As the former CEO of Healthy Child Healthy World and co-founder (with Jessica Alba) of The Honest Company, Christopher Gavigan knows a thing or two about hidden toxics. In honor of Earth Day, we’ve asked him to shed some light on the potential dangers new parents might be missing—right in our own homes.
“I’ve spent my entire career educating and inspiring people to question and research the products they bring into their homes,” says Gavigan. “It’s especially important for parents of young children because babies are SO much more vulnerable to toxic chemicals. And, while BPA and phthalates have been on the media radar for the past five years, there are other exposures that are just as serious. Here are five important ones, along with simple ways to reduce your family’s exposure.
1. Tris and Penta-BDE. In a recent study of 101 commonly used baby products, researchers found that 80 contained flame retardant additives—chemicals linked to cancer, loss of fertility, and other deleterious health effects in animal studies. Flame retardants like the ones found in this study can migrate out of products, latch on to household dust, and then end up in our bodies.
What you can do: Try to avoid cushions, couch pillows, and anything with foam labeled as meeting California TB 117 (the regulation requiring the addition of flame retardants). Instead, look for foam and cushions made with polyester, down, wool, or cotton as they are unlikely to contain these toxic flame retardants. Also, dust regularly with a damp cloth since these chemicals typically end up in dust around your home and on floors.
2. Cell phone radiation. There is growing biological evidence that microwave radiation from cell phones has deleterious impacts, and epidemiologic studies are finding increased risks of brain cancer after a decade of heavy use. Because children’s skulls, brains, and bodies are thinner and more vulnerable, we should take steps to protect them from the potential impact of microwave radiation from cell phones.
What you can do: It’s simple: keep cell phones away from children. If your child likes to play with your smart phone, put it on airplane mode (reception turned OFF).
3. Lead. Many parents think they don’t have to worry about lead unless they live in an old house and their child eats paint chips. Not true. Lead poisoning is still a serious issue; children can suffer lifelong impacts from extremely minute exposures.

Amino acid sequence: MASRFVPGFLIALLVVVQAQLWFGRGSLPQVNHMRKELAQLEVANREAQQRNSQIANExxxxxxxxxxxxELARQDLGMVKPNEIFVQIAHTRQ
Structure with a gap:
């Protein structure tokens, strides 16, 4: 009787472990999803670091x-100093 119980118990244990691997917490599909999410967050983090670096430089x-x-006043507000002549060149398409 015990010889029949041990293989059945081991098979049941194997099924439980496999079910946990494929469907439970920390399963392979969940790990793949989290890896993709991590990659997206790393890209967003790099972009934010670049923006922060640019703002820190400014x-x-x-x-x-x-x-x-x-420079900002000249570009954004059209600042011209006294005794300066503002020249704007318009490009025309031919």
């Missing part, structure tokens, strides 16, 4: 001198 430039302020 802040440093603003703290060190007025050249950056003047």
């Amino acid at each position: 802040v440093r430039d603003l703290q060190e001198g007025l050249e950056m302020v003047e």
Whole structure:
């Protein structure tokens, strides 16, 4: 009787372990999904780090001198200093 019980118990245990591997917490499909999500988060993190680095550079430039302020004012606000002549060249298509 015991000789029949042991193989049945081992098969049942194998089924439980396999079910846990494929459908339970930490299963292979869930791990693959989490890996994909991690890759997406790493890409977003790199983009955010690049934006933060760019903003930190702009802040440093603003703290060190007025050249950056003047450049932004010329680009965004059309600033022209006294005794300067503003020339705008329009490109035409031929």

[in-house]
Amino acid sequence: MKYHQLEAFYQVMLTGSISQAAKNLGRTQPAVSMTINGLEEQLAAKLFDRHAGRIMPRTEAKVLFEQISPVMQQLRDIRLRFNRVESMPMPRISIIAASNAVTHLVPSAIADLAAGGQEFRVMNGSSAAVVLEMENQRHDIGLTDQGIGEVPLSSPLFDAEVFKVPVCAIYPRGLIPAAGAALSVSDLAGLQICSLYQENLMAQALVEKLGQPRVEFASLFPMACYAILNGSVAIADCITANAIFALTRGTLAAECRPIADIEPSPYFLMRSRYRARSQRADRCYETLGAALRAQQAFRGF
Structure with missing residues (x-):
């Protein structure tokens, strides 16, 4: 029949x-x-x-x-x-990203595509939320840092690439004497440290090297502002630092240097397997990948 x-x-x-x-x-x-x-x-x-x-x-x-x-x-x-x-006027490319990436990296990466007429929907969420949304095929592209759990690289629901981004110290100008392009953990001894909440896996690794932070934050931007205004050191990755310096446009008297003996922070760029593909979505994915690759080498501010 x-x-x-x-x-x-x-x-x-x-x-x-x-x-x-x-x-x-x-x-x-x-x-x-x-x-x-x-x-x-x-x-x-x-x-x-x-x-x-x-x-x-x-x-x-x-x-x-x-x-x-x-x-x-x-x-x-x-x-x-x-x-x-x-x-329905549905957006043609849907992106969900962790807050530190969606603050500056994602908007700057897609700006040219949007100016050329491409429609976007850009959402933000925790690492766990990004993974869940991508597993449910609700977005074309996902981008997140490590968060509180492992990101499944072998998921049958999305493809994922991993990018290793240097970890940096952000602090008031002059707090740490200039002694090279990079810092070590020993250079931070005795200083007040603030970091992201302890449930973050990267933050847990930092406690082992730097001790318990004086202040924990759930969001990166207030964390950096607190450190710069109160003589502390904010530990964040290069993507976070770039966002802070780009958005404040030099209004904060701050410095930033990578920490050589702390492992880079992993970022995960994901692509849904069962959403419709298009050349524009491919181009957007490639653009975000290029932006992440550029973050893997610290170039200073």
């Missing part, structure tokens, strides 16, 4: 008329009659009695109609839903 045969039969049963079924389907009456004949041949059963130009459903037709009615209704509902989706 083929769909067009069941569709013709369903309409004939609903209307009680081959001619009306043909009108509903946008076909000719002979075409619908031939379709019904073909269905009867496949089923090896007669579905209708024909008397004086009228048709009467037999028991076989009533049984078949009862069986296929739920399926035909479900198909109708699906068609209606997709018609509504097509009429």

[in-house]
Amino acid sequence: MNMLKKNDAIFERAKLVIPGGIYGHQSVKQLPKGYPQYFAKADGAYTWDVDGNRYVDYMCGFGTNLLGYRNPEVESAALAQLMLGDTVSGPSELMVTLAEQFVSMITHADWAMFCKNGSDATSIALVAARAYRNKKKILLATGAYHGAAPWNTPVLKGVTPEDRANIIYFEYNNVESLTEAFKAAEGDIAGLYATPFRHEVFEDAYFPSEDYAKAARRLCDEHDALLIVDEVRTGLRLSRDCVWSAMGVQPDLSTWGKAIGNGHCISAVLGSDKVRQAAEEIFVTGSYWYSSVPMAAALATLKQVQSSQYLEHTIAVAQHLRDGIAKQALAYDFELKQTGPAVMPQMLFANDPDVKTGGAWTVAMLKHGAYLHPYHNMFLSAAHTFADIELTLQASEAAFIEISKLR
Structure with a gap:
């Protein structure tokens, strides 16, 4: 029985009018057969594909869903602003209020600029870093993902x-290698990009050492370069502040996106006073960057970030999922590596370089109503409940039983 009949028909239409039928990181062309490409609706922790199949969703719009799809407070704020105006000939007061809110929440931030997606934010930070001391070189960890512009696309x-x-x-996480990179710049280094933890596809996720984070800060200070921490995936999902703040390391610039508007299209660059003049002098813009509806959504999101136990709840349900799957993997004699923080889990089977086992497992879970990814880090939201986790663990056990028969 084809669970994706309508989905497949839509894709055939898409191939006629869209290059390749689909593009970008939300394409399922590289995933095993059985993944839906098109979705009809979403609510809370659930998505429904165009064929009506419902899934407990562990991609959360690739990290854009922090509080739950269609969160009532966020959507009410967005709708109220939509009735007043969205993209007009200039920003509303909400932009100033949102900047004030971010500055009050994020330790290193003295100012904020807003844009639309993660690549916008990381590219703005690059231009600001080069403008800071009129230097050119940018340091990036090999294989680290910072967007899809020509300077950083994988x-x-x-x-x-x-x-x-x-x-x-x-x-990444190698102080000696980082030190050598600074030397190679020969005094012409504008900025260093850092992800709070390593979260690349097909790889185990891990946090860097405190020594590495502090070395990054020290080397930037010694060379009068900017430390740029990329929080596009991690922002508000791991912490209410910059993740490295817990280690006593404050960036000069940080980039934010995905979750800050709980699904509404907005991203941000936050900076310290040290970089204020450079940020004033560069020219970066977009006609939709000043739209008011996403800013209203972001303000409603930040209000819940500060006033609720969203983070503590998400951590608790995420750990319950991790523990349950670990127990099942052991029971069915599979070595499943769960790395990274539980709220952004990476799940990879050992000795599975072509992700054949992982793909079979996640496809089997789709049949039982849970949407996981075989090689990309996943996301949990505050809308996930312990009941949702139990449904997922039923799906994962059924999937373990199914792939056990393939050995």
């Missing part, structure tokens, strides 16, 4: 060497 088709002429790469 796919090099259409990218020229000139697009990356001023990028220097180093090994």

What you can do: Have your home tested (especially if your home has paint in poor condition and was built before 1978). You can also test your water for lead, and even test your child’s blood level for lead (ask your pediatrician). Beyond testing, be sure your family and guests remove their shoes before entering your home, to avoid tracking in lead from soil outside; 80 percent of lead in the home can be reduced by simply taking off your shoes. And of course be sure to wash your children’s hands often, especially before they eat, and before nap time and bed time, as well.
4. BHA, Acesulfame-K, Dextrose, and other food contaminants. Whether it’s something leaching from packaging (like BPA), or arsenic in rice, or pink slime in beef, it’s becoming abundantly clear that we need to know more about our food.
What you can do: Opt for organic whenever possible and choose whole, fresh foods instead of processed, packaged ones. Shop more at your farmers’ market, and do your best to avoid the following five additives (as recommended by pediatrician Dr. Alan Greene): artificial colors (anything that begins with FD&C—e.g., FD&C Blue #1); chemical preservatives (Butylated Hydroxyanisole (BHA), Sodium Nitrate ); artificial sweeteners (Aspartame, Acesulfame-K, Saccharin); added sugar (High Fructose Corn Syrup, Corn Syrup, Dextrose, etc.); added salt (look at the sodium content and choose foods with the lowest amounts).
5. VOCs. Volatile organic compounds (VOCs) are fumes and gases released from sources like paints, cleaning supplies, pesticides, building materials, and furnishings. Unfortunately, not much is currently known about what health effects result from the levels of VOCs usually found in homes, but the US Environmental Protection Agency does know that indoor levels are typically much higher than outdoor levels.
What you can do: Open your windows for at least a few minutes every day; opt for non-toxic floor finishes, formaldehyde-free plywood and dry-wall, and carpeting without stain-treatments.”